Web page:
The article is accompanied by an editorial by Eagle and Froehlich who review the appropriate workup for patients undergoing noncardiac surgery and current therapeutic strategies that should be used in such individuals. The editorialists point out that beta blocker use in individuals with documented CAD who entered into the study was only 13%. The low use of beta blockers in patients with CAD has been shown in many studies and is particularly true in America. Eagle and Froehlich emphasize the very low overall perioperative mortality in the VA cohort, indicating that excellent surgical results can be achieved in a contemporary setting. These authors appear less impressed with the event-rate reduction and suggest that there may be baseline differences between the atenolol and placebo patients that could inadvertently favor the beta-blocker cohort over the two years of the study. They propose that beta blockers be used in individuals with definite CAD or hypertension, but do not commit to routine beta-blocker policy in individuals undergoing noncardiac surgery who appear not to have any clinical evidence of coronary disease risk (history of CAD, poor functional capacity).
Comment by Jonathan Abrams, MDThese results should be interpreted in light of a variety of concordant beta-blocker data that date back 15-20 years and demonstrate that beta-adrenergic blockade is truly cardio-protective. This is opposed to the calcium-channel antagonists and nitrates for which there are no data that cardiovascular morbidity, and mortality can be favorably influenced. Post-myocardial infarction trials in the pre-thrombolytic era, as well as in recent studies, continue to show a beneficial effect for beta blockers, even though mortality of acute myocardial infarction has been substantially reduced. Furthermore, beta blockers are our best drugs for suppressing silent myocardial ischemia, and recent trials would suggest that beta-blocker therapy may decrease events in such individuals. Beta blockers have a modest antiarrhythmic effect and are often used for ventricular arrhythmias in high-risk patients. These drugs, when used carefully, also appear to be beneficial in heart failure and may prevent adverse remodeling of the left ventricle as well as improve survival. Thus, it is not surprising that atenolol appeared to substantially decrease cardiovascular morbidity and mortality within the first year following discharge.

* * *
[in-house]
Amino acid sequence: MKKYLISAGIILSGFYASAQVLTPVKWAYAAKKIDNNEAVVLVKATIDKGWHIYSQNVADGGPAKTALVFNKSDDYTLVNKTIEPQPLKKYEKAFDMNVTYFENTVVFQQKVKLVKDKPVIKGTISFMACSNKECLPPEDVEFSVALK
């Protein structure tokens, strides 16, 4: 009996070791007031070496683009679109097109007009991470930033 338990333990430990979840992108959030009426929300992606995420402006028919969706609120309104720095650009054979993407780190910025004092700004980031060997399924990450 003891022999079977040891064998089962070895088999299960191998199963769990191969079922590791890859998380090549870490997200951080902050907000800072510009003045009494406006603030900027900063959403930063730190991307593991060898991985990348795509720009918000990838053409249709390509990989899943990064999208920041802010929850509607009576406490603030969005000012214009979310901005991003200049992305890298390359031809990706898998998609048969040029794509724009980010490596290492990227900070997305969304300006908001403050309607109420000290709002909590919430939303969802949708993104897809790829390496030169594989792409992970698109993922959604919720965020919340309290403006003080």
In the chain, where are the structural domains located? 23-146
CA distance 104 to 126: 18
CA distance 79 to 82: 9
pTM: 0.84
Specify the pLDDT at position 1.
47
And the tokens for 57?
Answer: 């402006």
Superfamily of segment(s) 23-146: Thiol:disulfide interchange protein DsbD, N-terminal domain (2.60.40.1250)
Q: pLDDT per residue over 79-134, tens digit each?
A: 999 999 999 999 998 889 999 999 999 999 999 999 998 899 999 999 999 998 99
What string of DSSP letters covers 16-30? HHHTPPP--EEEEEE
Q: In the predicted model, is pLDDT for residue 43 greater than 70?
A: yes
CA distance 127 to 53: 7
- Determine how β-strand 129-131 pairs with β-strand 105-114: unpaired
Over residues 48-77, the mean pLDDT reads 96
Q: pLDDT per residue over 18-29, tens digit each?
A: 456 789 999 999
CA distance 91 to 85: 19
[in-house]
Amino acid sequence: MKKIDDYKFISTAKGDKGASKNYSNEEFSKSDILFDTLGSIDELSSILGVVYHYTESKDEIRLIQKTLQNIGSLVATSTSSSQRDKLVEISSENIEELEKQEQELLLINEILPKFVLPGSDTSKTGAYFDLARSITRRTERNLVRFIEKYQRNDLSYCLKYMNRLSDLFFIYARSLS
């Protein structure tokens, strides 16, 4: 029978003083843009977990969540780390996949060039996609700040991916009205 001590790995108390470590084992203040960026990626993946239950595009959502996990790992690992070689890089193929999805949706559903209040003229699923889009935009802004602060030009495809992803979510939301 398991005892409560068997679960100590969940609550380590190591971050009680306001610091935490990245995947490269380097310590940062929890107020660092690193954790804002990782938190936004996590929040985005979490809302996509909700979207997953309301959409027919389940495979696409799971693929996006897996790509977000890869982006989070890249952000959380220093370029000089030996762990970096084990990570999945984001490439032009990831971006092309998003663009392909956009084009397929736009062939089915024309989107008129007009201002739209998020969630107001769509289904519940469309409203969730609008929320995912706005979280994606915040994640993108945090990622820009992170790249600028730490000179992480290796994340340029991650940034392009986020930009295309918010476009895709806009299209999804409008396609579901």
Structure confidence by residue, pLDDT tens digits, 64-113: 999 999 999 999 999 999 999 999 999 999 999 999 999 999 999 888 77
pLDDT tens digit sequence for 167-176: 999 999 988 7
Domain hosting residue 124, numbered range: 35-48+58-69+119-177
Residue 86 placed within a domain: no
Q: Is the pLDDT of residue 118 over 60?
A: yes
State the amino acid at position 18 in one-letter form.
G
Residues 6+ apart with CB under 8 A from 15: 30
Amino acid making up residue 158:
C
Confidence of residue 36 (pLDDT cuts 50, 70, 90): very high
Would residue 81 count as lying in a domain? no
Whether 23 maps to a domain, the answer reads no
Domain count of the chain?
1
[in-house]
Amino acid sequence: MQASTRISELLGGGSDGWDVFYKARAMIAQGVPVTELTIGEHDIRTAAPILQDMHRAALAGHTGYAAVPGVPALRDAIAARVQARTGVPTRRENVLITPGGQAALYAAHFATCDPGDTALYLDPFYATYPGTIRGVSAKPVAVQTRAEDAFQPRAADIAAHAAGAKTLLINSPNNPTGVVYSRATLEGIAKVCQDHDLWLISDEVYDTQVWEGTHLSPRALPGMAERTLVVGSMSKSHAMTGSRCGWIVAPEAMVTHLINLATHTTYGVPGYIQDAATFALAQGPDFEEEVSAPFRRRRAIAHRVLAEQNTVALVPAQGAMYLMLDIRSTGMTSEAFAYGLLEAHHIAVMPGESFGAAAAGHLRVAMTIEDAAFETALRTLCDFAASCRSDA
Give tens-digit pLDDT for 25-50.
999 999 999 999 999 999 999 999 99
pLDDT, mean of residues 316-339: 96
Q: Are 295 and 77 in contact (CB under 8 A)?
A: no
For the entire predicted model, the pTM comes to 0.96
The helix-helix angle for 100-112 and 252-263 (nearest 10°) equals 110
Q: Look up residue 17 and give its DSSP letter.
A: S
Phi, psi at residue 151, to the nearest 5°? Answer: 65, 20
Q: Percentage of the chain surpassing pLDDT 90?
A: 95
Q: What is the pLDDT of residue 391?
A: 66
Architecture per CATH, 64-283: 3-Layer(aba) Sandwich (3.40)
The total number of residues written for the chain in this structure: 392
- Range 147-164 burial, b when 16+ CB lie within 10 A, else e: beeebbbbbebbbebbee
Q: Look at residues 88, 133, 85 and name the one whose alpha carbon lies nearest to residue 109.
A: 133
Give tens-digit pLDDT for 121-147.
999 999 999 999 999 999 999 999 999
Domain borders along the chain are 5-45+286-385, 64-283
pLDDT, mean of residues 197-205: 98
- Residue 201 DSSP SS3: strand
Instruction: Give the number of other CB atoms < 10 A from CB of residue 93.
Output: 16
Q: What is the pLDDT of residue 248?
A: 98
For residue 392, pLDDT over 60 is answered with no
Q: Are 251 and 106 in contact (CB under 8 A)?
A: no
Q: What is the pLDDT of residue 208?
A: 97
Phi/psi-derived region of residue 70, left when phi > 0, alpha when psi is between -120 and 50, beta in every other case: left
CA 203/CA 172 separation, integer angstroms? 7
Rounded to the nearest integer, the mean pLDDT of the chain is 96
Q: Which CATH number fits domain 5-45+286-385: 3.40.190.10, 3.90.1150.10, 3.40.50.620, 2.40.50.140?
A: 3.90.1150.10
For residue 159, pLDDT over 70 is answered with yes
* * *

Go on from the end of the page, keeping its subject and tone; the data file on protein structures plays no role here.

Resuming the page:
The mechanisms for a favorable effect are not completely clear. Suppression of ischemia leading to protection of vulnerable plaque is an attractive hypothesis. Both the heart-rate and blood-pressure lowering effects of these drugs should be beneficial in individuals with underlying obstructive vascular disease, with and without rupture-prone plaque. While it is true that one cannot be certain that the two cohorts were truly equal with respect to cardiovascular risk, the robust risk reduction in the atenolol arm, particularly within the first 6-8 months, is quite impressive and is in keeping with previous data. Thus, it would appear reasonable to strongly consider atenolol therapy in high-risk patients undergoing major non-surgical procedures. It is ironic that some years ago beta blockers were deliberately discontinued in patients undergoing bypass surgery, which in retrospect appears to have been an inappropriate therapeutic strategy. Not only should these drugs be used in the operating suite for days after (atenolol was used only for seven days in this study), it would be beneficial for physicians to use these drugs far more frequently in patients who have documented CAD who are not undergoing surgery. Recent surveys continue to document underutilization of these proven pharmacologic agents.
Dr. Abrams is Professor of Medicine, Division of Cardiology, University of New Mexico, Albuquerque.